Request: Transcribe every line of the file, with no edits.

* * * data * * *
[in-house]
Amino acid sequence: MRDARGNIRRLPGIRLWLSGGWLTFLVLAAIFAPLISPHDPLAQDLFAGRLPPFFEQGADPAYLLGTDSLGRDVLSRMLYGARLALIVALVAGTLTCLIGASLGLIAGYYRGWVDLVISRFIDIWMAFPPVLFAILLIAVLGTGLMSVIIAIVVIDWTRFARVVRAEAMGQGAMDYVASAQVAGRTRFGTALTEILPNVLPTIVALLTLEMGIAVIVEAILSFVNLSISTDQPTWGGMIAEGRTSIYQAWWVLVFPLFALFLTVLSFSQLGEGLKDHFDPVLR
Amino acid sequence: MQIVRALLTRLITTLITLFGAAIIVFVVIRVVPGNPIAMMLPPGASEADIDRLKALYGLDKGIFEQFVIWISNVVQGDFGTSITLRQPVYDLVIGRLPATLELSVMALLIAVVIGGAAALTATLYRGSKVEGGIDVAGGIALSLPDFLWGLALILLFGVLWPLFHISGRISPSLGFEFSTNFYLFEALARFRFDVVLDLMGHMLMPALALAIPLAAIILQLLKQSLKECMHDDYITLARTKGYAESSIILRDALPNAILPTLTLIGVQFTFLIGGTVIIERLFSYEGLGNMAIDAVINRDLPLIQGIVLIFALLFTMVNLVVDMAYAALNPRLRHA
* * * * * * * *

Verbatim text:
[in-house]
Amino acid sequence: MRDARGNIRRLPGIRLWLSGGWLTFLVLAAIFAPLISPHDPLAQDLFAGRLPPFFEQGADPAYLLGTDSLGRDVLSRMLYGARLALIVALVAGTLTCLIGASLGLIAGYYRGWVDLVISRFIDIWMAFPPVLFAILLIAVLGTGLMSVIIAIVVIDWTRFARVVRAEAMGQGAMDYVASAQVAGRTRFGTALTEILPNVLPTIVALLTLEMGIAVIVEAILSFVNLSISTDQPTWGGMIAEGRTSIYQAWWVLVFPLFALFLTVLSFSQLGEGLKDHFDPVLR
Amino acid sequence: MQIVRALLTRLITTLITLFGAAIIVFVVIRVVPGNPIAMMLPPGASEADIDRLKALYGLDKGIFEQFVIWISNVVQGDFGTSITLRQPVYDLVIGRLPATLELSVMALLIAVVIGGAAALTATLYRGSKVEGGIDVAGGIALSLPDFLWGLALILLFGVLWPLFHISGRISPSLGFEFSTNFYLFEALARFRFDVVLDLMGHMLMPALALAIPLAAIILQLLKQSLKECMHDDYITLARTKGYAESSIILRDALPNAILPTLTLIGVQFTFLIGGTVIIERLFSYEGLGNMAIDAVINRDLPLIQGIVLIFALLFTMVNLVVDMAYAALNPRLRHA